My children — and children in general — have a way of teaching real truth. Truth that god is love. Truth, that religion is not spirituality. Truth that all humanity deserves equal rights to LIVE and LOVE.
My son came to me and said, “Mom, I can’t believe in this. I love my friends too much. This hurts them. This doesn’t feel right. It’s too racist. It’s too misogynistic. It’s too homophobic.”
He knows what he’s being taught by his Mormon leaders. He hears the awful things they whisper or shout outright. I couldn’t defend it because deep down I knew, too. I knew.
We didn’t leave Mormonism because we wanted to give up our eternal salvation for sips of morning coffee or “porn shoulder” tank tops. We left because all of the racism, oppression, colonization, and injustice finally broke our shelf. We didn’t leave because we had too little faith. We left because our faith was too big and wide and refused to fit in a glass cage. We left because our Creator was just and loving.
I refused to play Simon Says a year ago. I was tired of trying to make it make sense, of jumping through hoops to be accepted, and I wanted to be free.
Despite what Mormon leadership says, leaving everything I knew and everything I was taught was one of the hardest things I ever had to do. I felt betrayed. I felt resentful of the things that had been ingrained in me of never being enough. The scars of words telling me I’d only ever be half as good still speckle my flesh.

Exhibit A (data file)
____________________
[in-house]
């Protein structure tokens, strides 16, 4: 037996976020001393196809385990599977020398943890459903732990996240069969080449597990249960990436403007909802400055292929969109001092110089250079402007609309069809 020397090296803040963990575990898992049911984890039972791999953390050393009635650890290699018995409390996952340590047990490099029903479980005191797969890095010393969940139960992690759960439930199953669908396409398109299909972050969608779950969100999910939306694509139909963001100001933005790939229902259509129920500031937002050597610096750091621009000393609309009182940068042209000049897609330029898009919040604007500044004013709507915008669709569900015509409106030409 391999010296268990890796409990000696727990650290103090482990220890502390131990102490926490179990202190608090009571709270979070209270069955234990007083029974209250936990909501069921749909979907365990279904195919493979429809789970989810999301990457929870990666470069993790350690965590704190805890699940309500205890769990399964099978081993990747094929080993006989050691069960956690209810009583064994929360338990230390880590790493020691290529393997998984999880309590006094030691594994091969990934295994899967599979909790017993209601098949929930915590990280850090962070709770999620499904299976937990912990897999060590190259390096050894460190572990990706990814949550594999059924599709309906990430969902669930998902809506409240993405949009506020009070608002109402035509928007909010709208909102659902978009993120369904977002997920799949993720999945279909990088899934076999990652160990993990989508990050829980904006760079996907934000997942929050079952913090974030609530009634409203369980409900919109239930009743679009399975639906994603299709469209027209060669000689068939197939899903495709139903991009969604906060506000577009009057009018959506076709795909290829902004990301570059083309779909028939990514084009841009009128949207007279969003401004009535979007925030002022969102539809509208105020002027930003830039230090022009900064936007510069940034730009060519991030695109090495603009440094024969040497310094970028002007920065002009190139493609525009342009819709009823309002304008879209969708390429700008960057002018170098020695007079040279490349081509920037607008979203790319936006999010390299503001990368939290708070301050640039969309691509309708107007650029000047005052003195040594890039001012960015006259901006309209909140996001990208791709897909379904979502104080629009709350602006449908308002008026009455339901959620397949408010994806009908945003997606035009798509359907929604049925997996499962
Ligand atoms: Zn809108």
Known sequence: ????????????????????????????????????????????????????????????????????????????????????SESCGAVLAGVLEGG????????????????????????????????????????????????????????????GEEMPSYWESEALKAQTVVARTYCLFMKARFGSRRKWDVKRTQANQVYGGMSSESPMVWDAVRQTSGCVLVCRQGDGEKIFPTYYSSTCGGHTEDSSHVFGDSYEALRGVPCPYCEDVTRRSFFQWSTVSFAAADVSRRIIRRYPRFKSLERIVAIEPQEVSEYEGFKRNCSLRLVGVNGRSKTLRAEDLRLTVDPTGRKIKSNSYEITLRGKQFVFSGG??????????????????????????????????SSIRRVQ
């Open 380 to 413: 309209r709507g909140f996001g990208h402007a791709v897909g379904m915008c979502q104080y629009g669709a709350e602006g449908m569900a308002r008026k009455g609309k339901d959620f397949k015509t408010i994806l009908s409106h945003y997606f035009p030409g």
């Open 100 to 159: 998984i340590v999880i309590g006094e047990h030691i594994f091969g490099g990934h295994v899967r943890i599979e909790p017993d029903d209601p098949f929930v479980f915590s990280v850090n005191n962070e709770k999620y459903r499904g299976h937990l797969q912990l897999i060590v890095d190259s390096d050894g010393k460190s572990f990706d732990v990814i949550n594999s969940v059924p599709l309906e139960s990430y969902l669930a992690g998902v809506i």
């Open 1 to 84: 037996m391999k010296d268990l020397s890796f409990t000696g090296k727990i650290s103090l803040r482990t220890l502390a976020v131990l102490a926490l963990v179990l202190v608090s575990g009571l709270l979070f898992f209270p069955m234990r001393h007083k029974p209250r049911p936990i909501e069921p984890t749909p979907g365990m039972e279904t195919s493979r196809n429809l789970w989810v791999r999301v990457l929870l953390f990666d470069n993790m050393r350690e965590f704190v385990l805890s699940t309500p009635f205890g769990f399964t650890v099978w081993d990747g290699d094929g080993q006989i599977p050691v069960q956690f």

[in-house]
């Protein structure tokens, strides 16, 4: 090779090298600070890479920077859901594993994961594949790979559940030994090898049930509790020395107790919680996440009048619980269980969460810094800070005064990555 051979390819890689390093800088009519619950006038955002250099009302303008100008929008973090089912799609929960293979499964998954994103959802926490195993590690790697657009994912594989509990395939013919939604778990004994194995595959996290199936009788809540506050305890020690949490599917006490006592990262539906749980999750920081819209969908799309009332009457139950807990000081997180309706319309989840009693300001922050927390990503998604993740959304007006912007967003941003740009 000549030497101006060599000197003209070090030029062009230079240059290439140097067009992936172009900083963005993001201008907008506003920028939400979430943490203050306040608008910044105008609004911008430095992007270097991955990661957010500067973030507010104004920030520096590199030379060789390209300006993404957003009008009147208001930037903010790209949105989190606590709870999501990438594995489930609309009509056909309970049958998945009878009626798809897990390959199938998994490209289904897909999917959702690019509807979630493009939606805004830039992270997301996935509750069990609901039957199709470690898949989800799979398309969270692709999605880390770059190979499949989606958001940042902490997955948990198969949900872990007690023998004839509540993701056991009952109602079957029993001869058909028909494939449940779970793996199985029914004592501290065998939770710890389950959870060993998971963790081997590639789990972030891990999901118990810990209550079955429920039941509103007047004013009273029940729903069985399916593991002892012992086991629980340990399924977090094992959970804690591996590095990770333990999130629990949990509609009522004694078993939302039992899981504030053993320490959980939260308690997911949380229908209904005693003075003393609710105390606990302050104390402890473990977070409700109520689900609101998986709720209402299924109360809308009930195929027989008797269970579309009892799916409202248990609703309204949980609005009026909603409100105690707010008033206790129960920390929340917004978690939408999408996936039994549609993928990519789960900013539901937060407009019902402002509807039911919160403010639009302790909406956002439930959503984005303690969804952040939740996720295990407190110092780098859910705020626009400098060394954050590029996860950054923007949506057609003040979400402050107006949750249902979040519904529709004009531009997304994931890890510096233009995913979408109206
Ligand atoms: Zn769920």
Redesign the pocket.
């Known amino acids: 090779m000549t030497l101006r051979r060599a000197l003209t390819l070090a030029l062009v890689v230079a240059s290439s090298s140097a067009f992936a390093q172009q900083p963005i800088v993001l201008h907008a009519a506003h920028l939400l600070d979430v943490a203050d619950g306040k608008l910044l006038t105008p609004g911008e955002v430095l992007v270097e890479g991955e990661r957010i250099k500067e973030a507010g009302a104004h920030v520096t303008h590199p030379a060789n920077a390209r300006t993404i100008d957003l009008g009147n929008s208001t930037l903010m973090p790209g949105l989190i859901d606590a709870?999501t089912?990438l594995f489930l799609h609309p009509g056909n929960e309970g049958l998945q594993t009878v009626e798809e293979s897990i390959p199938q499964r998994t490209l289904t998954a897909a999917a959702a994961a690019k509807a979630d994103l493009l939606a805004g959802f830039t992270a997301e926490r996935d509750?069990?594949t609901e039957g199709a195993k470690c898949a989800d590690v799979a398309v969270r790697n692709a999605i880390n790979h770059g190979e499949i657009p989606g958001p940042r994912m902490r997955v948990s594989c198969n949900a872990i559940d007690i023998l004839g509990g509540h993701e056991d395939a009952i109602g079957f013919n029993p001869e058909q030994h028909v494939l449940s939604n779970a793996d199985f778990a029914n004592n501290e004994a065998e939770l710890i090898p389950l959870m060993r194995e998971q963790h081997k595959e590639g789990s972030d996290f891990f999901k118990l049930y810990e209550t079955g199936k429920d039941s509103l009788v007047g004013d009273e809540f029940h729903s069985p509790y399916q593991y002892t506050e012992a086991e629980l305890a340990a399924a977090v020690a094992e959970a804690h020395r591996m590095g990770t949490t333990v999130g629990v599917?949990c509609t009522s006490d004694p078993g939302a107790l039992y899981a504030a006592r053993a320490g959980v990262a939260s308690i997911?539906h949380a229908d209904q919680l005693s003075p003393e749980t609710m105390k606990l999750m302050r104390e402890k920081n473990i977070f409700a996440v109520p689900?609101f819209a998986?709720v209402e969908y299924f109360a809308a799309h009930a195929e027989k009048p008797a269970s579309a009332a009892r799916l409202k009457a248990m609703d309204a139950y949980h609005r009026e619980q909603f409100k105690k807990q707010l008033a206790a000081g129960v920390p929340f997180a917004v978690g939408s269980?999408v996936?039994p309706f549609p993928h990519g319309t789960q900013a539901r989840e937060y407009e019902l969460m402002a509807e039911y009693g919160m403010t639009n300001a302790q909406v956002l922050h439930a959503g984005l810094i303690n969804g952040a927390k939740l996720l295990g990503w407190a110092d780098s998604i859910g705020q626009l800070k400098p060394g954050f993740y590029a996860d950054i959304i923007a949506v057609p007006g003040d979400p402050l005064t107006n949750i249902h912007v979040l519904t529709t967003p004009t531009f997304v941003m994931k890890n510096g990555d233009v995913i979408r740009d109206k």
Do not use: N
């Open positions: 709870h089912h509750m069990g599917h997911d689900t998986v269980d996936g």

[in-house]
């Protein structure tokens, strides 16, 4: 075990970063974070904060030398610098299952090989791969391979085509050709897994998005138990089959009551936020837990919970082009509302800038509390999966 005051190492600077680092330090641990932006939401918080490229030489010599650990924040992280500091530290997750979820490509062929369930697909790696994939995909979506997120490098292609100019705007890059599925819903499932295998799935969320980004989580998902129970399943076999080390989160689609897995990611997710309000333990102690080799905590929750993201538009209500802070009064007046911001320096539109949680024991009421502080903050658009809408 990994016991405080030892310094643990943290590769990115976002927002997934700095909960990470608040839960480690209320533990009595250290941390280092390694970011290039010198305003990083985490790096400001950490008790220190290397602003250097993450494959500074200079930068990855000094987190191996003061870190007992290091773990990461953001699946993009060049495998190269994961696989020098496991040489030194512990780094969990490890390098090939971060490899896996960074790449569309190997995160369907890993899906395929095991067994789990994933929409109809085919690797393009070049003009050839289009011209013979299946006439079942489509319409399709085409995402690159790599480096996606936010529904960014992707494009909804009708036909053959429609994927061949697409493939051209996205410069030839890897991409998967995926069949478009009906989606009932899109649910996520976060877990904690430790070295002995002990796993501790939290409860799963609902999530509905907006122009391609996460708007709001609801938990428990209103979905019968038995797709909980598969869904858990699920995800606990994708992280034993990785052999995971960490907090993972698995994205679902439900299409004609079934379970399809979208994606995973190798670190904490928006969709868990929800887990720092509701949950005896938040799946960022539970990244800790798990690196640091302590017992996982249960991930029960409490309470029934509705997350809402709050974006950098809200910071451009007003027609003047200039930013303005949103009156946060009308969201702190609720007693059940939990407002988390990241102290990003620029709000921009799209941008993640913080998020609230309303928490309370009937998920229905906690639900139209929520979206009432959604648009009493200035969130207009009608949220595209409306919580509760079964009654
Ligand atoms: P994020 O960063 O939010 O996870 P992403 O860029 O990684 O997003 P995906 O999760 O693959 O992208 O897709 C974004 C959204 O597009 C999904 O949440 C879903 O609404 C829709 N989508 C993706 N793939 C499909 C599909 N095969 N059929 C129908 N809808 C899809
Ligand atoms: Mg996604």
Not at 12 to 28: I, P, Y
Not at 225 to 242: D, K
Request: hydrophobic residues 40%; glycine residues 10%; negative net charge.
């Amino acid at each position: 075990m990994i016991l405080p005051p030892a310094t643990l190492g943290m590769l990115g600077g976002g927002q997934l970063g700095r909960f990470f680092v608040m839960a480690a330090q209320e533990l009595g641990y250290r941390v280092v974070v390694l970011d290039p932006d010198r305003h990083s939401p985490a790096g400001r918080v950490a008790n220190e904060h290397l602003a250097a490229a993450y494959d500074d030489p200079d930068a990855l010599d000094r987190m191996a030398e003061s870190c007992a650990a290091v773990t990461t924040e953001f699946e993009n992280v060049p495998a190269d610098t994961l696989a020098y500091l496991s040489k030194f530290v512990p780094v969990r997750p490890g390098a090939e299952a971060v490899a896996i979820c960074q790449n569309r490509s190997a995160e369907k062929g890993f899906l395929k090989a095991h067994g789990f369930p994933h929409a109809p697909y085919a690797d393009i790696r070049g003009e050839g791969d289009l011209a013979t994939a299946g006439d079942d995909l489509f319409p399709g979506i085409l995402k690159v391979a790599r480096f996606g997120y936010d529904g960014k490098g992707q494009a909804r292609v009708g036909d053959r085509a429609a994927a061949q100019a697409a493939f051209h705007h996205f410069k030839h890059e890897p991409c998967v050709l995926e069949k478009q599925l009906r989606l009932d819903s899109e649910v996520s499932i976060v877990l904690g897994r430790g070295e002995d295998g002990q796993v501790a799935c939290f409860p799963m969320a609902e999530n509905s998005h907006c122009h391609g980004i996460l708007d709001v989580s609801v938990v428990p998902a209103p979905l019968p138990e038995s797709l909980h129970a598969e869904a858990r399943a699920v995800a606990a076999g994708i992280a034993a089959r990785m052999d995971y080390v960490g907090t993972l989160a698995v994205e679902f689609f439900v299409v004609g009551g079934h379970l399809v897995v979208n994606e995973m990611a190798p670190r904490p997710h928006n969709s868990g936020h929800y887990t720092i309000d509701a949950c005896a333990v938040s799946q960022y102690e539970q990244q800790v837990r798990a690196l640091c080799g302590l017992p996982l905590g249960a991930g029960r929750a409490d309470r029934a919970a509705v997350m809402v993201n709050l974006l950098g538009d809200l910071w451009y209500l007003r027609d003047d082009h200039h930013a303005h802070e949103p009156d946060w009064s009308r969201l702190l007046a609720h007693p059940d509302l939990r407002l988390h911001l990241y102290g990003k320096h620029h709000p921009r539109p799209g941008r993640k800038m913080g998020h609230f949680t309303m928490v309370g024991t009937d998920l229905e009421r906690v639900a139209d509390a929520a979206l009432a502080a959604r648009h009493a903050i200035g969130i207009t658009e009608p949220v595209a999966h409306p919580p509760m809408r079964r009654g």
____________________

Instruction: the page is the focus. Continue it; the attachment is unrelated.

Leaving is hard and scary because we risk the punishment of shunning from our friends and family. We are seen as tainted and poisoned by worldly thought. Thankfully, we have some pretty amazing friends who understand us and remain by our sides. There will be some people who will cut off ties, and that will be sad, but it will be okay. It will be okay because standing up and speaking out against oppressive and racist systems means more to me than anything else. I can’t in good conscience be a good friend and ally to my black friends, my indigenous friends, my POC friends, my LGBTQ friends, and all other marginalized groups if I remain in Mormonism.
And I know you mean well when you tell me, “but that’s not what is taught –Jesus and God love everyone.” I know what was taught. I’ve known and learned and researched for the past 38 years. I was dedicated. To deny these things were taught and are still taught, even in secret, is to support the white supremacy system. I lost myself for this religion and I’m ready to reclaim myself. I’m ready to fight for the rights and happiness of others. And if that means dismantling racist religious ideologies and racist language in myself, I’m ready and I’m sorry. The world is changing and I’m ready to do my part. I know better, and I will do better.
My Mormon friends and family already know this, but I’d like to reiterate — just because we left, does not mean we’ve rejected *you*. We love you just the same, if not even more, because our god is love. And love is love is love is love, and that is our religion now. We love you.
Monika Crowfoot is an Indigenous actor and writer, currently writing a memoir and would have finished years ago had she neglected her four very needy children. She enjoys traveling and learning about new cultures and dispelling negative stereotypes.